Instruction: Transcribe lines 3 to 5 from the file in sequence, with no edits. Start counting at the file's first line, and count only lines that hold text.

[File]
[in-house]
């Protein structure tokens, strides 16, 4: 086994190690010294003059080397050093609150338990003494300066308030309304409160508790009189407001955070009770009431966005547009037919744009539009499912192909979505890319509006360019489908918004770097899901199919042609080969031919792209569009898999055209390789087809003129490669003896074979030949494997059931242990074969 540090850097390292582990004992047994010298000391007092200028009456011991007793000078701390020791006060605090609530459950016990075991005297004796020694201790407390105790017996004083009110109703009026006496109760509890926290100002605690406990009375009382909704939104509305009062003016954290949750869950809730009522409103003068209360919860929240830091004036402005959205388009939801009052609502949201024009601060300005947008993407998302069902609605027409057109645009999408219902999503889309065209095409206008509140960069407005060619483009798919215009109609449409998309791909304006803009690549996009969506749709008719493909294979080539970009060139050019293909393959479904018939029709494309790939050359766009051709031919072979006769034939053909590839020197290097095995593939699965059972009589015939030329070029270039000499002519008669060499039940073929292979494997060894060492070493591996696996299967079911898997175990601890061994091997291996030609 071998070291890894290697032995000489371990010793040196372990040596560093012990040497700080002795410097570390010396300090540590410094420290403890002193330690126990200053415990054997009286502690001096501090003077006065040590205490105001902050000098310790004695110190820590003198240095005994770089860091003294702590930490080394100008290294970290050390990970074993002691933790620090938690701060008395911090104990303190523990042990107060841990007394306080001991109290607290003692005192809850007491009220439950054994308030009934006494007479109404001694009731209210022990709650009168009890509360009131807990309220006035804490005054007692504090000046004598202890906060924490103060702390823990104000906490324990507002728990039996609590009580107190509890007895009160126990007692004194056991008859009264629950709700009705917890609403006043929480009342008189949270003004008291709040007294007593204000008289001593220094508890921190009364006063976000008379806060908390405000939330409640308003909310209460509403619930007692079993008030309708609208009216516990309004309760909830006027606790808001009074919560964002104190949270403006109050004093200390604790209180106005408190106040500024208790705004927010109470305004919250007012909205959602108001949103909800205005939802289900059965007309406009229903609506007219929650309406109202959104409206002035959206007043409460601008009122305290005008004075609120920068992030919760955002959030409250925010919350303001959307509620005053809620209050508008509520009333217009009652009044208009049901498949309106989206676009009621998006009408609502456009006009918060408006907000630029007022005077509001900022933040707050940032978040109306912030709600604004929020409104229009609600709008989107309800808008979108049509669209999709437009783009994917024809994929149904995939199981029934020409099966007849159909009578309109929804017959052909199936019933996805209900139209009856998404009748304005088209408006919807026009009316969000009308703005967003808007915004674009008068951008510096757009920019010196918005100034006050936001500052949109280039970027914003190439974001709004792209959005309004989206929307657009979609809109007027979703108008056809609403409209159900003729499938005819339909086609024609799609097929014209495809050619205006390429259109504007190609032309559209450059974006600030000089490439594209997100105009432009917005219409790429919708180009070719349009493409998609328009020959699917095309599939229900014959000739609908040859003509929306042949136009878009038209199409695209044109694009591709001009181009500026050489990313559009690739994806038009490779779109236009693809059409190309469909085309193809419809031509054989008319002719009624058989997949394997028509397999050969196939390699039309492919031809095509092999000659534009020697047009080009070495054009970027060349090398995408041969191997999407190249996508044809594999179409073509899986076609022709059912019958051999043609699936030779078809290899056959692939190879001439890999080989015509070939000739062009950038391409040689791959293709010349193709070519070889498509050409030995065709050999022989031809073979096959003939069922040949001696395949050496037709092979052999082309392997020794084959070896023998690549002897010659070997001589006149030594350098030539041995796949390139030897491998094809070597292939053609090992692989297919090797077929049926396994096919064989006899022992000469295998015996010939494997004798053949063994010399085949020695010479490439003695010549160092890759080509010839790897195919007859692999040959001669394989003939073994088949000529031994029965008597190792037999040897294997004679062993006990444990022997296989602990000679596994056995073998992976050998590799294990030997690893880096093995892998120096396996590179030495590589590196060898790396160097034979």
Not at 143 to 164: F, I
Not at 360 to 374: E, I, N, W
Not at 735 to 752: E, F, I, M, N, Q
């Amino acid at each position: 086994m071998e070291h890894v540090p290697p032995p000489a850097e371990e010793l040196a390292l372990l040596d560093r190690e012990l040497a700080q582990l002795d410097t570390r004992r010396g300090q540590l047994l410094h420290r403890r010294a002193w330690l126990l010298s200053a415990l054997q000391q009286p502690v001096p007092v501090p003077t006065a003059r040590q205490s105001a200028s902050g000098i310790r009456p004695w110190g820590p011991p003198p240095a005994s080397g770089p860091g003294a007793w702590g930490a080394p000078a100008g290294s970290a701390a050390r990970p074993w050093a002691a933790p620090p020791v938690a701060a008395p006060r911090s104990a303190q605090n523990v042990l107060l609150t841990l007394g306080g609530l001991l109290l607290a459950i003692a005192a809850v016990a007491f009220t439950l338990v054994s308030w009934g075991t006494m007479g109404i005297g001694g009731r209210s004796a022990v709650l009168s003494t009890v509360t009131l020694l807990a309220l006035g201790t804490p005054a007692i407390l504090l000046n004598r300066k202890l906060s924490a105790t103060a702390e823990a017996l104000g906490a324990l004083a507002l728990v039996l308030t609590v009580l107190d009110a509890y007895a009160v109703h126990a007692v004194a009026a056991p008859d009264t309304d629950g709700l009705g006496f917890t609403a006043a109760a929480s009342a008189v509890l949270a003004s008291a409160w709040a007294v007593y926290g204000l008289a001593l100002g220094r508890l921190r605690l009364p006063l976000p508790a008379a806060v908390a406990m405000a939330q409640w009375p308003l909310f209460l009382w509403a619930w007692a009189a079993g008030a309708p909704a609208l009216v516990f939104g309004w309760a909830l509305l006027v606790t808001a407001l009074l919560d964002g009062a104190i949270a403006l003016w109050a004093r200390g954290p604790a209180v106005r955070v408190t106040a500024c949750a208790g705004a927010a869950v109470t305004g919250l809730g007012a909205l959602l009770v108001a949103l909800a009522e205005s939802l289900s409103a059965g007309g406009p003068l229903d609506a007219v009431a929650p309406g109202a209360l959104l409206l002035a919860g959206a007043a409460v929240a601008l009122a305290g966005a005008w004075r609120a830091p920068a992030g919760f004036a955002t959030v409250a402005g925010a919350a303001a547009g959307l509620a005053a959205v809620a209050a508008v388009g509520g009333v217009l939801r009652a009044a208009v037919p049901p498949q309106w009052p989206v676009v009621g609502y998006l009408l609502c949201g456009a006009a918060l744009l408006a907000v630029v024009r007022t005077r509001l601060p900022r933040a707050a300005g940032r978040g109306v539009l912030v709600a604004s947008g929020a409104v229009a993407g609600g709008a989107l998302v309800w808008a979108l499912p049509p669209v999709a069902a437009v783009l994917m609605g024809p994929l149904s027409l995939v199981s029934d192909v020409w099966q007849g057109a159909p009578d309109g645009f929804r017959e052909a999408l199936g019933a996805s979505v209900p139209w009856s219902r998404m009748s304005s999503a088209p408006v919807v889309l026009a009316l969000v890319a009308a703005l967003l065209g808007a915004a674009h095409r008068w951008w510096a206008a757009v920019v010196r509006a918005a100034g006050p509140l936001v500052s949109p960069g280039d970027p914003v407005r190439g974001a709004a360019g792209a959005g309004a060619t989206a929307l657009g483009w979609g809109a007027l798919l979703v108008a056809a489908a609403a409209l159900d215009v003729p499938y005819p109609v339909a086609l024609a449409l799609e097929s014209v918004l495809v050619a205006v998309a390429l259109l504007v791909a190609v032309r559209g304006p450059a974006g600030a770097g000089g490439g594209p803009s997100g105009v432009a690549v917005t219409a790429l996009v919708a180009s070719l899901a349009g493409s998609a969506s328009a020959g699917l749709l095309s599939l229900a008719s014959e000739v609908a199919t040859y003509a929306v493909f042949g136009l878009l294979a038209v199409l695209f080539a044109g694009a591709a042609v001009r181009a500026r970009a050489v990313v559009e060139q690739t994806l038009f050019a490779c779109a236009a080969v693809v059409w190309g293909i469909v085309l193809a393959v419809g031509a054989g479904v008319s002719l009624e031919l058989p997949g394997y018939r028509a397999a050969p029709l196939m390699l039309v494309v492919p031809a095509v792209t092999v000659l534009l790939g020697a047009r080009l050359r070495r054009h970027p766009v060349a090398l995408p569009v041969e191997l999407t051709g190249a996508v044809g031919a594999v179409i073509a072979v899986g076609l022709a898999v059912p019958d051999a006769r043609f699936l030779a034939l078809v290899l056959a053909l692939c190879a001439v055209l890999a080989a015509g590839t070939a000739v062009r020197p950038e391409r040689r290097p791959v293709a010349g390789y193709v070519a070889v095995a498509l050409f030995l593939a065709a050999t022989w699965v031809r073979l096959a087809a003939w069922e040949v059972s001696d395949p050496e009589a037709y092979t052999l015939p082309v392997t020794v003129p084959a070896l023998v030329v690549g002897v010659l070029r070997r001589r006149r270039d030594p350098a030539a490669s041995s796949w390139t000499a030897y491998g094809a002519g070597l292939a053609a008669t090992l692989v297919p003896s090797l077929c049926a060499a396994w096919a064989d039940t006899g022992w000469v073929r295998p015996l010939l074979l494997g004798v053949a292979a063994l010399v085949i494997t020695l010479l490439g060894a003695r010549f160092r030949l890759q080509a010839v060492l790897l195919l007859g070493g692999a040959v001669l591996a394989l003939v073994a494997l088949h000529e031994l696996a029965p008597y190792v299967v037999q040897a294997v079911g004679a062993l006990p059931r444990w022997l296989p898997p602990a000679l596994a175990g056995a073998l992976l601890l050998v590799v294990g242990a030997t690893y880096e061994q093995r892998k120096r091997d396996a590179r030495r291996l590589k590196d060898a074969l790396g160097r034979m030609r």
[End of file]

Not at 143 to 164: F, I
Not at 360 to 374: E, I, N, W
Not at 735 to 752: E, F, I, M, N, Q